One of the two forms of desire.
Aquinas starts with God, arguing that the God worshipped by Judaism, Christianity, and Islam is the same God. Recently, the Malay courts found that Christians could not refer to God as Allah. This seems like a fundamental error, unsupported by the Koran. The Koran is wary of Jews and Christians, but not of their God. Same God.
Faced with thuggish gangs like Boko Haram and ISIS that impose misogyny and terror in the name of Islam, do the leaders of established Islam - in Qum, say, or Makkah - have a responsibility to speak out? At what point are these movements guilty of apostasy? Where is the fatwa that says by implication that it is against Islam to follow them?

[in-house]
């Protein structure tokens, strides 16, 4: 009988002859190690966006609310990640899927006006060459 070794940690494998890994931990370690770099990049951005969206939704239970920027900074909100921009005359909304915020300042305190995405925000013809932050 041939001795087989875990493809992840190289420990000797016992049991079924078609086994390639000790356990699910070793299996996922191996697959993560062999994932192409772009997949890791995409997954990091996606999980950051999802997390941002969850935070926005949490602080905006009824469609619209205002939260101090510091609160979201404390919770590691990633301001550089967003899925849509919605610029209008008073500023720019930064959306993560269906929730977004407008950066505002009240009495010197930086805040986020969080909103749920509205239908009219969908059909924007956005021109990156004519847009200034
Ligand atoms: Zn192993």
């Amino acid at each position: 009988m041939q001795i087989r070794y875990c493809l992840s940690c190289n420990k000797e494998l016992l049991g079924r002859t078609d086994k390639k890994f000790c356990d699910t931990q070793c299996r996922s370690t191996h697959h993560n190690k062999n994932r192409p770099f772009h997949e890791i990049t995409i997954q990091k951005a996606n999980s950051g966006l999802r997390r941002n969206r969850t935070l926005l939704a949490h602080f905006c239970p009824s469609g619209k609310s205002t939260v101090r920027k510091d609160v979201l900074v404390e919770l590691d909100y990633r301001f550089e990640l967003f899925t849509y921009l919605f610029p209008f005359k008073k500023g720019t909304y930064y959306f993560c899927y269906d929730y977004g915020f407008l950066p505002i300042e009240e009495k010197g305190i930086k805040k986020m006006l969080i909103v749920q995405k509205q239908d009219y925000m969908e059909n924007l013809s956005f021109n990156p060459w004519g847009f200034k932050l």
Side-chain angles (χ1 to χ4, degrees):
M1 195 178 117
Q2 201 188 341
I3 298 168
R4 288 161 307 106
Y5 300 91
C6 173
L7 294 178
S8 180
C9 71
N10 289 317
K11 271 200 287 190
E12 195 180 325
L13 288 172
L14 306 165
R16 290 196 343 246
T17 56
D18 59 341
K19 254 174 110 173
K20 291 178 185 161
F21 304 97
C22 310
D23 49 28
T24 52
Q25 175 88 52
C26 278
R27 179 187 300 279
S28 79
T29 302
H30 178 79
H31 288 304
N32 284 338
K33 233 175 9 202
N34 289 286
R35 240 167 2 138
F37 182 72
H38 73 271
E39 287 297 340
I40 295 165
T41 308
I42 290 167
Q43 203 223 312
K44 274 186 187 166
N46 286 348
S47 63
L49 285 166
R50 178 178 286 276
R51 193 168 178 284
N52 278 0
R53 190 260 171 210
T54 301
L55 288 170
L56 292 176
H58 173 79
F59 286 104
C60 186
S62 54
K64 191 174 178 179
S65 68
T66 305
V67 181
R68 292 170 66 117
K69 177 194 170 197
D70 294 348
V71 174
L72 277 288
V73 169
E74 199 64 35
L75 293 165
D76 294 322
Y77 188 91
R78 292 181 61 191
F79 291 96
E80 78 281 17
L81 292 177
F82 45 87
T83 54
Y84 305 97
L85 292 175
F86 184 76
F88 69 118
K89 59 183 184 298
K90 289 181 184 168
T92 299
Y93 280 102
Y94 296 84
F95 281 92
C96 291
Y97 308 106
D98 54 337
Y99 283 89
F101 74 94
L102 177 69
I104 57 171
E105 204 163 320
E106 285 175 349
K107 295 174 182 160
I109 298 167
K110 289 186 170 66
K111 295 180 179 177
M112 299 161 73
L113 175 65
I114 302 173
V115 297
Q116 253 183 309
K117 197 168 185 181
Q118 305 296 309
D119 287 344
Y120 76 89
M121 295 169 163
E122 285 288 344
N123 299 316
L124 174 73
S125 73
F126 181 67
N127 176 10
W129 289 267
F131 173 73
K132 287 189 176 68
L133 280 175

I read chapters 3 to 6 of Denys Turner’s Thomas Aquinas, the most interesting parts of which related to our human search for what we really want - reasoned desire, Turner calls it, as opposed to immediate desire. Aquinas supposes that our happiness lies in finding this, and that a good life can be based, as Aristotle first put it, on studying the examples of good people where we find them. Jesus is one such example, Aquinas argues, and it was God’s gift to humanity to provide it. Reading this, I recalled another writer’s assertion that Machiavelli didn’t renounce Jesus, but rather argued that you couldn’t build a state like Rome’s on the basis of his teachings. That Catholic Rome more or less did so doesn’t contradict his point, I think. This is why Jesus’s 40 days in the wilderness included the temptations of Satan. What Jesus foreswore wasn’t the world itself, God’s creation, but everything in the world that people worship for its own sake - everything dead, to use Christopher Alexander’s wonderful distinction between the good and the bad. (Aquinas sees the world as the only place where humankind can know God.)